Wonder Woman

I am always a bit skeptical of the simplistic thinking that a woman has to direct a movie about a female, but in this case Patty Jenkins [who has been working in TV since her last very smart feminist film, Monster] really delivers a film that comes from a female point of view, and that really is the best, most obvious thing about it. It’s not just that it’s very intelligently feminist [although it is], with its heroine able to take charge and solve problems on her own, and a male hero who is able to let her do her thing without being emasculated, but the main thing that sets the movie apart—aside from its unabashed hope and optimism—is that each scene is written with an emotional relatability missing from almost all of our recent films, even the most earnest indies. Here, each scene is emotionally involving, keeping us in touch with the motivations of our characters, even as they face extraordinary circumstances and perform unbelievable feats. It’s enough to make one wonder that the rest of movie writing is so canned and shallow, when suddenly we find in a film where every scene works and is emotionally involving. I cried several times throughout the movie, not because anything that happens in so wrenching, just because it is all written and directed so well as to bring out the relatable emotions.

So Diana is raised on this hidden island of women, the whole history of Gods and mortals told through animated paintings that refer to 17th-century allegorical paintings. We have the story of how she was trained, and, basically the very minute she unleashes her early power, a man crash-lands on the island, bringing with him a slew of aggressive soldiers. The way the Amazons effortlessly slaughter the soldiers [swords and arrows against guns] goes very far to show why Diana could be a badass in the human world. Diana follows the man, Steve Trevor, back to Europe to assist in World War I, and the film shows her following Steve’s lead, until a pivotal moment in which she’s had enough and is just going to do things her way, which turns out to be a triumph. The movie is smartly feminist in that it’s not a huge confrontation, Diana just decides that she’s taking matters into her own hands, and soon we see that Steve follows her lead without having to give up his own agency or masculinity. It helps that the scene—Diana walking unharmed across a desolated battlefield—is also visually and symbolically rich.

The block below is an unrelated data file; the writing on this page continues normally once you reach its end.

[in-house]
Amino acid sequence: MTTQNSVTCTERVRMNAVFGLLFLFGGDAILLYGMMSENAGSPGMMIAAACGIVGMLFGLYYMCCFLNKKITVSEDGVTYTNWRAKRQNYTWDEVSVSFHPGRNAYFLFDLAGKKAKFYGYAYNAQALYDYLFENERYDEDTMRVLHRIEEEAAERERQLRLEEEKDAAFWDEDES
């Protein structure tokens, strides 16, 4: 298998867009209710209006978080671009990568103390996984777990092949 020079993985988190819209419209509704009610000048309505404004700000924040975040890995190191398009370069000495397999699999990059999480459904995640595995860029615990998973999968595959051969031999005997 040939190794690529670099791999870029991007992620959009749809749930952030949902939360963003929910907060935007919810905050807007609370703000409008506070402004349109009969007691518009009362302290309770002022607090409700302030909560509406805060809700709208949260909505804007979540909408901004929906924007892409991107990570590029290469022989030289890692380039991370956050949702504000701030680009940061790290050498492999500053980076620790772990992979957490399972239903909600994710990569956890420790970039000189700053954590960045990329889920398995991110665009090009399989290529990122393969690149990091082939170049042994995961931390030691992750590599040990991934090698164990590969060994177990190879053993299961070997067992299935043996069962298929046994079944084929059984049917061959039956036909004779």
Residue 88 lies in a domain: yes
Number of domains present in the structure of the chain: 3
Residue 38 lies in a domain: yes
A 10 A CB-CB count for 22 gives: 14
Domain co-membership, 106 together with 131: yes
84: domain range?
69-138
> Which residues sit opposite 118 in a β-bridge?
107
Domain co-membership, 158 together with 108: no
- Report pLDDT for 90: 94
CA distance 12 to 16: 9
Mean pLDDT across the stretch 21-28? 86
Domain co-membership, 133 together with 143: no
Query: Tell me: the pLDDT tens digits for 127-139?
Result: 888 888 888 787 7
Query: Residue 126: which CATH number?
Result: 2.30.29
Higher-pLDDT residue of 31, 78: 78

Jenkins has made no secret that she patterned the film after Richard Donner’s Superman in many ways, the most important of which is that Diana remains committed to love, truth and justice without any shame, embarrassment, or need to make her character “dark” or “edgy.” Almost all films, especially in the sad DC canon of late, have been afraid to make their characters simply heroic, and you know… these ideals and emotions may be sappy, but they are very emotionally powerful. Part of the way this film is such a surprising breath of fresh air lies in simply rediscovering how very powerful those emotions are.